iRunFar: So there’s a lot of mix of singletrack, and there’s some forest road late in the race.

Armstrong: Yeah, so in the last 40k, you’re going to have to be able to… if you can’t hold on to 4:00/k pace, you’re going to be losing a lot of time. I know Mike Aish and Sage and those sort of guys, for them that should feel pretty comfortable on that sort of terrain. It’s really nice running through that last 40k.

iRunFar: You’ve had success on that. You’ve won American River 50, correct?

Armstrong: Yes.

iRunFar: So it’s a reverse American River?

Armstrong: Yeah, you’ve got all your tough stuff—I mean the kind of section between Lake Okataina and Tarawera Falls which is about 20 to 25k—that’s kind of coming in the middle of the race that takes you through to the 60k point. That’s probably the most technical section of the race. So by that point when you come out on those forestry roads, you’re actually relatively happy to be running on those forestry roads because you can just buckle down and know, Okay, I just need to buckle down and work hard all the way to the finish. You don’t need to look at your feet or anything like that.

iRunFar: So what brings you back to this race?

Armstrong: Obviously, the competition is the big draw card. When you’ve got guys like Mike Wardian and Sage and even Mike Aish, it’s great to have a chance to race them. That’s a really big draw card. I love the atmosphere of this race. It’s uniquely Kiwi. Paul [Charteris] does a great job of pulling in some different elements like today with the media day here in Marae, the traditional Maori area, and the geysers and the hot pools and stuff. It’s got a lot of character to it, and Paul really plays that up and does a good job of making it different. It’s not just any other big race around the world.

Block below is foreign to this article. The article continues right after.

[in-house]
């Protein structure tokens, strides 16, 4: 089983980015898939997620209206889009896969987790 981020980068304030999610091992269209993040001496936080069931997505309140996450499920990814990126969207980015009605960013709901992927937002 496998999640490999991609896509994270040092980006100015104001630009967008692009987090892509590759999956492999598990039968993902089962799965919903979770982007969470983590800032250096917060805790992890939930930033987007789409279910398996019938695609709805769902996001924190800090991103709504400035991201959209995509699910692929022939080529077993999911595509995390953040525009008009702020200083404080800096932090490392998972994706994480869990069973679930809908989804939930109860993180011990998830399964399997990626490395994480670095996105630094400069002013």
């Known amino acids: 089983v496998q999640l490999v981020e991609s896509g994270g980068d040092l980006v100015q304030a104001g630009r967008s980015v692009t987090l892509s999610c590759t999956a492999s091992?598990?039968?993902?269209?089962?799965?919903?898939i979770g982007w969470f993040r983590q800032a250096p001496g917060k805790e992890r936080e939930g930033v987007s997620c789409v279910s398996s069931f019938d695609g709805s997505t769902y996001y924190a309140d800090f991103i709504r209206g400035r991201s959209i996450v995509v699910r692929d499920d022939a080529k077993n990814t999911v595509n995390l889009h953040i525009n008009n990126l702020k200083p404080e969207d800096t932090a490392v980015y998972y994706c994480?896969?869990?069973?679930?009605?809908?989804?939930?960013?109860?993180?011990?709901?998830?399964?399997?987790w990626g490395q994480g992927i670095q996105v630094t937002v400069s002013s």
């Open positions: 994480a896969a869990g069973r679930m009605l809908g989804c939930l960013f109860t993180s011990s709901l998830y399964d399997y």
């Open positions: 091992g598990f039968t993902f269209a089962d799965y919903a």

iRunFar: So there’s that special Kiwi element and you get to race, like you said, Mike Aish. Did you know of him when he was running in the Olympics?

Armstrong: Oh yeah, of course. He’s always been a controversial figure. He ran at the Olympics twice. He bummed a few hits on Athletics New Zealand and things like that, but I always had his back. I always thought he was a good man, and he worked really hard. To be running 27-minute 10k’s wherever you are in the world is incredible, but to do it coming from New Zealand where we don’t have a strong track scene in New Zealand, so he was having to travel a lot and race overseas a lot. He did amazingly well. He gave hope to a lot of New Zealand guys, Okay, it still is possible to be running those sort of times. So now that he’s stepped up and running ultras, it’s like, Awesome. Now I can have a crack at the guy. At 10k it wouldn’t even be a competition. The thing I’ve got on my side is I’ve got a lot more experience than him at racing ultras, but he’s got plenty of running experience. So yeah, it’s going to be interesting. It’s going to be fun. This is round one. Round two is going to be Western States, so we’re both lining up there. It’s kind of fun. At the end of the day, no one really cares in the world who the top Kiwi is, but amongst the Kiwi guys, this is a bit of friendly rivalry.